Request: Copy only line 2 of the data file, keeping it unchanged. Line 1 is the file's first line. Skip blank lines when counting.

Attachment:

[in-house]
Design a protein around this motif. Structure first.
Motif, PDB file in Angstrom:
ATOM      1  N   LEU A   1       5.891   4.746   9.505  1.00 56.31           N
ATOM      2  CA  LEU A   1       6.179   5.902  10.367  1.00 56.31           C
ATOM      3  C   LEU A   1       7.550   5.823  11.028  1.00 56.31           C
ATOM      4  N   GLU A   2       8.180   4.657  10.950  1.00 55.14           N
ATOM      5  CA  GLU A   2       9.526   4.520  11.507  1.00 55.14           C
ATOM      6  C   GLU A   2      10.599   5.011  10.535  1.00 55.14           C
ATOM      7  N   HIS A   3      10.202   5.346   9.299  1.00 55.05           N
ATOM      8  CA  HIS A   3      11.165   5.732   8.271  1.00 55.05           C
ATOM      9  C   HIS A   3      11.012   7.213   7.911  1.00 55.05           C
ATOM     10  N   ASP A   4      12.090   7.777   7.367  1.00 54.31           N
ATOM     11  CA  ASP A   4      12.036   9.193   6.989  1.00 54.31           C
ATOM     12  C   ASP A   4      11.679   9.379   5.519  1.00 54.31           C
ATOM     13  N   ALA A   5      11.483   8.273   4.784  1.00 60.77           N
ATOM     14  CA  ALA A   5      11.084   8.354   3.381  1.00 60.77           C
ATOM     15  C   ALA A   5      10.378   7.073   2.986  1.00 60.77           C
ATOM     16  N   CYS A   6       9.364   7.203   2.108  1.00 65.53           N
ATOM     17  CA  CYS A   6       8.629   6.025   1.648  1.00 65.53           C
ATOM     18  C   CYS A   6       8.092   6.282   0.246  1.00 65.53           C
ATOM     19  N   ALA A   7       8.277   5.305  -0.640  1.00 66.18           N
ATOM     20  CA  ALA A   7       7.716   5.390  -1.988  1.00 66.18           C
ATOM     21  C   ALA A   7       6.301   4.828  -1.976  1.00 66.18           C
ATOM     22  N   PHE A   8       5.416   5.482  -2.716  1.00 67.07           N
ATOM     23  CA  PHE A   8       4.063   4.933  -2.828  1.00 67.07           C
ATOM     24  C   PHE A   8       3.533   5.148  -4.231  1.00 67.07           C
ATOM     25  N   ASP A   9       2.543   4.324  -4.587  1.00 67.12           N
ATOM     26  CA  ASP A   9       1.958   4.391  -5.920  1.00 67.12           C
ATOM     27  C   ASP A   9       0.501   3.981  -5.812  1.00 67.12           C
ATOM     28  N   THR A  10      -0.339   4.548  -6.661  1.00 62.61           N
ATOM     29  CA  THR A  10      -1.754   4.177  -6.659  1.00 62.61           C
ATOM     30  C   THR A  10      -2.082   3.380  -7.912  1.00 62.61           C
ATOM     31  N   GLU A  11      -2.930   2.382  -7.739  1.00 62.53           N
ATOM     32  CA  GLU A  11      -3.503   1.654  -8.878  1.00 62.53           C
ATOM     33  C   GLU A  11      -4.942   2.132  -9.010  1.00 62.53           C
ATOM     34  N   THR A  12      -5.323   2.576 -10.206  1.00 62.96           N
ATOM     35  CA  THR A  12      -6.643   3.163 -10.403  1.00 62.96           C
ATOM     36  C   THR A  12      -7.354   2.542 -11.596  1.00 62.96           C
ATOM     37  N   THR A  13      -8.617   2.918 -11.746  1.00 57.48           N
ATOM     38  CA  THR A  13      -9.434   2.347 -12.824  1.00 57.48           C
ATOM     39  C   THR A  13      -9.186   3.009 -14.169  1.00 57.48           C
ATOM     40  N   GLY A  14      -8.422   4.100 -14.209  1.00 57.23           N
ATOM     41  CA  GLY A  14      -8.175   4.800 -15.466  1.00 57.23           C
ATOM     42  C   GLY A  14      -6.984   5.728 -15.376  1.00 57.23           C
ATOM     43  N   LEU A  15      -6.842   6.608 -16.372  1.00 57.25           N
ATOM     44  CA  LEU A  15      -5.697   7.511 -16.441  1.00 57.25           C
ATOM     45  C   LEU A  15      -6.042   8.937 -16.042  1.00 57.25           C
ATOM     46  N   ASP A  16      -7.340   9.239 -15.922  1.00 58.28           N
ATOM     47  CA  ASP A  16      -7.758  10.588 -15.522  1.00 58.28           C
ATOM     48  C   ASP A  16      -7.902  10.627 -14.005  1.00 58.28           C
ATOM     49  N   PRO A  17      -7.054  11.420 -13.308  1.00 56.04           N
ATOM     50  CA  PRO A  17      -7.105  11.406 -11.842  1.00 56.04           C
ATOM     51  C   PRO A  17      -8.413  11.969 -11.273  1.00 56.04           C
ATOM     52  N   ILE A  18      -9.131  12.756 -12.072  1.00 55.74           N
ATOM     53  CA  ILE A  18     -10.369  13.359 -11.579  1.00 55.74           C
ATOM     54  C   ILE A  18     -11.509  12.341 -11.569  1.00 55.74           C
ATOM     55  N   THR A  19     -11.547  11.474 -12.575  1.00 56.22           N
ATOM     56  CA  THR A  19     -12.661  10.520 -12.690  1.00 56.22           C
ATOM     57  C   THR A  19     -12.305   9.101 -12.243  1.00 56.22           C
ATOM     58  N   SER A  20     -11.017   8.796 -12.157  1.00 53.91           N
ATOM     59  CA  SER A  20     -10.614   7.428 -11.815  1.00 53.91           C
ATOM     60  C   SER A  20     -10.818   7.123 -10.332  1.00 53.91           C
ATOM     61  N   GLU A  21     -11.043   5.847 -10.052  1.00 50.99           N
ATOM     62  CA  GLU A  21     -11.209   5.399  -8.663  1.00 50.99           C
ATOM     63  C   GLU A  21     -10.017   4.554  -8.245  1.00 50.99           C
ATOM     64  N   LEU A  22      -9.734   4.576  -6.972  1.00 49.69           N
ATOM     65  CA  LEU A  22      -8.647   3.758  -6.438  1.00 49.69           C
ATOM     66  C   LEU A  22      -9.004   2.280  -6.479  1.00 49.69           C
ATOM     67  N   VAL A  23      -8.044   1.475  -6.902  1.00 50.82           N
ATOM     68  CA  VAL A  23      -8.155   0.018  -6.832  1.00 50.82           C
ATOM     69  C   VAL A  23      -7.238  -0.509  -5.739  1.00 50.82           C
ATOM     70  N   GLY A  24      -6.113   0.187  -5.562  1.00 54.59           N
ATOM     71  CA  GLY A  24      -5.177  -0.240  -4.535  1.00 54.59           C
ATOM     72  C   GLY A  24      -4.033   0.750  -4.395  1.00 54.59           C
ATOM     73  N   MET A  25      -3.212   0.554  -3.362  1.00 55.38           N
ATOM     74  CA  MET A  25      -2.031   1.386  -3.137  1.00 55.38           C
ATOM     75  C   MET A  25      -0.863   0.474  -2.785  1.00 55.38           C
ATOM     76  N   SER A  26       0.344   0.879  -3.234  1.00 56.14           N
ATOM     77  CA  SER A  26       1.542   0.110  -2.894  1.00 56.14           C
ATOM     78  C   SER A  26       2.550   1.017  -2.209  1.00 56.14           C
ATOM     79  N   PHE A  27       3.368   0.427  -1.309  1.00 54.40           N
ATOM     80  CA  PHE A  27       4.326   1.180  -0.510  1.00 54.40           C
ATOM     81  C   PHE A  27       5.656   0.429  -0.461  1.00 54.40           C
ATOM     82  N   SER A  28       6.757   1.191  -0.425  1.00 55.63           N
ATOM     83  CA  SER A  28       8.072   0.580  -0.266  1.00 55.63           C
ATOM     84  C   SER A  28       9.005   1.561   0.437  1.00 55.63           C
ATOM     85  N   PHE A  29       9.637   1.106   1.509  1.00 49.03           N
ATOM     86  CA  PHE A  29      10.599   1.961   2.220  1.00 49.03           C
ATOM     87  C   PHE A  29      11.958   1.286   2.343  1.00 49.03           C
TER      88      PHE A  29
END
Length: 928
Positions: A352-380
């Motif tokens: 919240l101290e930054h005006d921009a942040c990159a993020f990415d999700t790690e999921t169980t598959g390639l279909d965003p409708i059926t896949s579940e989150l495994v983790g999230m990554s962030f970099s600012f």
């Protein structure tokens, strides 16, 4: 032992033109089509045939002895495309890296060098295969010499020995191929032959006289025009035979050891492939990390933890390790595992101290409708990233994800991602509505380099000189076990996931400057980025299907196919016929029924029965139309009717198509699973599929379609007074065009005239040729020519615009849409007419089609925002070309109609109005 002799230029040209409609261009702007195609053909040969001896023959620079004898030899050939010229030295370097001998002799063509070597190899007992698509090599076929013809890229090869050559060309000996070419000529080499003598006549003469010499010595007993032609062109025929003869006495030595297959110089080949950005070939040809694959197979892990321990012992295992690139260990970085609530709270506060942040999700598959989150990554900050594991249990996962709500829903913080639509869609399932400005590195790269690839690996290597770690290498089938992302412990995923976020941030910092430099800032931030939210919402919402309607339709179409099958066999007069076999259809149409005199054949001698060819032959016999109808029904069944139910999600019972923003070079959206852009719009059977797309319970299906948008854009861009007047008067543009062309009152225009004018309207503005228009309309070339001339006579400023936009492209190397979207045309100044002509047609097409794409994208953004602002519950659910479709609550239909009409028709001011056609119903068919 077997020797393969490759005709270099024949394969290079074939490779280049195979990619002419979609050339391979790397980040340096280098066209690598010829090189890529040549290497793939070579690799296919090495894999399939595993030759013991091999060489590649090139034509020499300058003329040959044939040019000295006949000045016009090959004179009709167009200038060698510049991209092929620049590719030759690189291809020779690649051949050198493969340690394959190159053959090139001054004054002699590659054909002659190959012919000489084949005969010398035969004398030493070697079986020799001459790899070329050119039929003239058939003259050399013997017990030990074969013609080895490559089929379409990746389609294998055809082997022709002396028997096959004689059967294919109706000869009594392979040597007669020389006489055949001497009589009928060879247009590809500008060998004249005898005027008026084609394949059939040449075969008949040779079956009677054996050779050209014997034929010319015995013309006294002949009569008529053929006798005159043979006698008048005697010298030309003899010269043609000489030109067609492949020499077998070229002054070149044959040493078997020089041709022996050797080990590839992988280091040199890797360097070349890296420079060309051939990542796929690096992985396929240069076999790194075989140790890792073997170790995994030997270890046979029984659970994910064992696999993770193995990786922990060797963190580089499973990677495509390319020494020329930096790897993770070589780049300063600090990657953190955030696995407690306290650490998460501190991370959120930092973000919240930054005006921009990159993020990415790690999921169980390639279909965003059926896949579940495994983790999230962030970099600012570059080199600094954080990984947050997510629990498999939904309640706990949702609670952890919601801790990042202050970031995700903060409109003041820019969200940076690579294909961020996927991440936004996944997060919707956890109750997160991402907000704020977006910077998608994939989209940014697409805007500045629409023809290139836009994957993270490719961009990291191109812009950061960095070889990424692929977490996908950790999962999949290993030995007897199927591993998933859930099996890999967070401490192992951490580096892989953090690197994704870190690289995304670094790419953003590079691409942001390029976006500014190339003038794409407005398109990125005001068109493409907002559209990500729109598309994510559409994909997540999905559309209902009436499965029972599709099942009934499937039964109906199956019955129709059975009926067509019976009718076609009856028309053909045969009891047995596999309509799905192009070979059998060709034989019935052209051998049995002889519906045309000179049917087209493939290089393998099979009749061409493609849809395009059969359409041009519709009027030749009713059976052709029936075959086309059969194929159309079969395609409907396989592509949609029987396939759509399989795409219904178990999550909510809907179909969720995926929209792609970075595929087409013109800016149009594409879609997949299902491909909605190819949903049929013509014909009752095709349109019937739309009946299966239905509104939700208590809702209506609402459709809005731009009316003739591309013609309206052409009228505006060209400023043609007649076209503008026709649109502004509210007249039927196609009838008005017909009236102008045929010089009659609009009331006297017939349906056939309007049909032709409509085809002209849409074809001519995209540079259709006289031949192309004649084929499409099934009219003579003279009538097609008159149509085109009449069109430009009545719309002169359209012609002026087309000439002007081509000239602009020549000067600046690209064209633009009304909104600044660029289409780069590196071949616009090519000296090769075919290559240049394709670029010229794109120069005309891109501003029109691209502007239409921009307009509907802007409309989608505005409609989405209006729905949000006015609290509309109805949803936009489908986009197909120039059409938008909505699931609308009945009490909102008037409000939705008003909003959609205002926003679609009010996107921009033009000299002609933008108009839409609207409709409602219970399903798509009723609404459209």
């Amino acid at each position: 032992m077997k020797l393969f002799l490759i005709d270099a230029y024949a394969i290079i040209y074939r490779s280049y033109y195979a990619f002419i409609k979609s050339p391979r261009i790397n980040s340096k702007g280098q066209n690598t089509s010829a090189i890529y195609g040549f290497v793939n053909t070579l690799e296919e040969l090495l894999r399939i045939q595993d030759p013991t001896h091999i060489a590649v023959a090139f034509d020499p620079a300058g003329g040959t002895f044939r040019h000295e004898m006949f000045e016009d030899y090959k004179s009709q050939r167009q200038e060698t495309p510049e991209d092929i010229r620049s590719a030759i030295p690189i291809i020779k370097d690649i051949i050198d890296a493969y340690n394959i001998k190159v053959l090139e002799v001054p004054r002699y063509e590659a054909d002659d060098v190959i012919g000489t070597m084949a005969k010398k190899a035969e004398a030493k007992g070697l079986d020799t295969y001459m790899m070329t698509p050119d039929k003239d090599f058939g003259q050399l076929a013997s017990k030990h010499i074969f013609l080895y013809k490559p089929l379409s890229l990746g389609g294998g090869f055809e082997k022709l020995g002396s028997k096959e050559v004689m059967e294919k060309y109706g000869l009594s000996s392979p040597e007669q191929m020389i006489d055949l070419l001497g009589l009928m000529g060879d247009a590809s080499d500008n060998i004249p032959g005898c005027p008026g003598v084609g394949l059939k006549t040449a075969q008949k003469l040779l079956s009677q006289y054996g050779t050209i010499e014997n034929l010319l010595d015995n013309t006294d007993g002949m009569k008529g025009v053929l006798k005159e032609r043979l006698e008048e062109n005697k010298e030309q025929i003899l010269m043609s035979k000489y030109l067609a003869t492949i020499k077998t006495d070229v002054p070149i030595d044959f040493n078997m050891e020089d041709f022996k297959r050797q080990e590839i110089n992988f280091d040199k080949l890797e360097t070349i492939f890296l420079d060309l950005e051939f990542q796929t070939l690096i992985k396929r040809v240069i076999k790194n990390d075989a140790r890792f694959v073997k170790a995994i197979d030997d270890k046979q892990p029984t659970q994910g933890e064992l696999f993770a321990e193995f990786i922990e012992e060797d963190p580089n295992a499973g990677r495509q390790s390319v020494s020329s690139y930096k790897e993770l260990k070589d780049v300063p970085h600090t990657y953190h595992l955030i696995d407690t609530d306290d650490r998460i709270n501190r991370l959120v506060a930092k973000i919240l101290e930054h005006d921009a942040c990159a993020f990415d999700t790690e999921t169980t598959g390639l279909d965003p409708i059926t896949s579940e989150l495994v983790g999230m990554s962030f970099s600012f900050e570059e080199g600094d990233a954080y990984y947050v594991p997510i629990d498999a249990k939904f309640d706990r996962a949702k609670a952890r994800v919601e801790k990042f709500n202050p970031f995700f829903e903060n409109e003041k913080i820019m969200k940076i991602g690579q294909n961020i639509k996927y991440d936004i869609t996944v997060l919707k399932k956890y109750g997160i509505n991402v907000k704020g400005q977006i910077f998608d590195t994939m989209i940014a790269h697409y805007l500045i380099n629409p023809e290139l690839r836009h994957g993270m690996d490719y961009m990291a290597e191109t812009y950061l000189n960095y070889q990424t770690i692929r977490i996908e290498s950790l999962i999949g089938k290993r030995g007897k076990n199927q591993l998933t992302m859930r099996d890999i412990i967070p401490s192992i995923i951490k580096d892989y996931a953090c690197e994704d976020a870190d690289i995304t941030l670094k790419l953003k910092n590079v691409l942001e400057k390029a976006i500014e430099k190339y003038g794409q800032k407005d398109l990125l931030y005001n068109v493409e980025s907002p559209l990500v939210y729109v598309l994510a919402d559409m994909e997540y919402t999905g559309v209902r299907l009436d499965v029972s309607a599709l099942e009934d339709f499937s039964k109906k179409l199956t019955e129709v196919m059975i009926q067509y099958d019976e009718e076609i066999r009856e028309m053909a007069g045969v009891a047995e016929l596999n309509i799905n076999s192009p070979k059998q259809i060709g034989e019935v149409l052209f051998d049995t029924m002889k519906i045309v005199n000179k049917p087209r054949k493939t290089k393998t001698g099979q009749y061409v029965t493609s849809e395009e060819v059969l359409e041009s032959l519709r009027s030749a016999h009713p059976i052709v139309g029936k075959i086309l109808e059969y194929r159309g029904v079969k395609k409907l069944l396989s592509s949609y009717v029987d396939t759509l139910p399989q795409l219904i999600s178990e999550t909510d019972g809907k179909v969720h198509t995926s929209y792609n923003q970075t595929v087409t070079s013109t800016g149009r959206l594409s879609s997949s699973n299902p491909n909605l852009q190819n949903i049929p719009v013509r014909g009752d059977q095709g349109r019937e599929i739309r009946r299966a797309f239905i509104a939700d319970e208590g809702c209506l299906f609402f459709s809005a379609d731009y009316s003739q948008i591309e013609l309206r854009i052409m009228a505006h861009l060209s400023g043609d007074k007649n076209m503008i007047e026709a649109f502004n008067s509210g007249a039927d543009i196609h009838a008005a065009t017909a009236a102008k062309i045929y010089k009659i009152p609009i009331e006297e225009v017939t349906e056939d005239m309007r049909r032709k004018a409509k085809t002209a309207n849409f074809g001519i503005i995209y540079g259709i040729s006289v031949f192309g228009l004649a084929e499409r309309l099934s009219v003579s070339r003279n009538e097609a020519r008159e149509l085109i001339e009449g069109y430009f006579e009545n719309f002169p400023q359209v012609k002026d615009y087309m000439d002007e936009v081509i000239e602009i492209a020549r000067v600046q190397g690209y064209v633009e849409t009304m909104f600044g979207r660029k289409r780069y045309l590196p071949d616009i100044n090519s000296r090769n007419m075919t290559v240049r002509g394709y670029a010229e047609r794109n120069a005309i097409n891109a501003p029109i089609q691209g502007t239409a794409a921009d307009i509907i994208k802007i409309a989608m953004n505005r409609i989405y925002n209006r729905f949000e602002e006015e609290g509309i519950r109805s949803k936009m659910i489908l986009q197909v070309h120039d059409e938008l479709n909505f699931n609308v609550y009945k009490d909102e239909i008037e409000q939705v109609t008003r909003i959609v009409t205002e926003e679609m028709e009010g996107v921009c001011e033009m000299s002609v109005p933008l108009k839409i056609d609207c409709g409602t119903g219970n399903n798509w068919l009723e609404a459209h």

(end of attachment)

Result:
Design a protein around this motif. Structure first.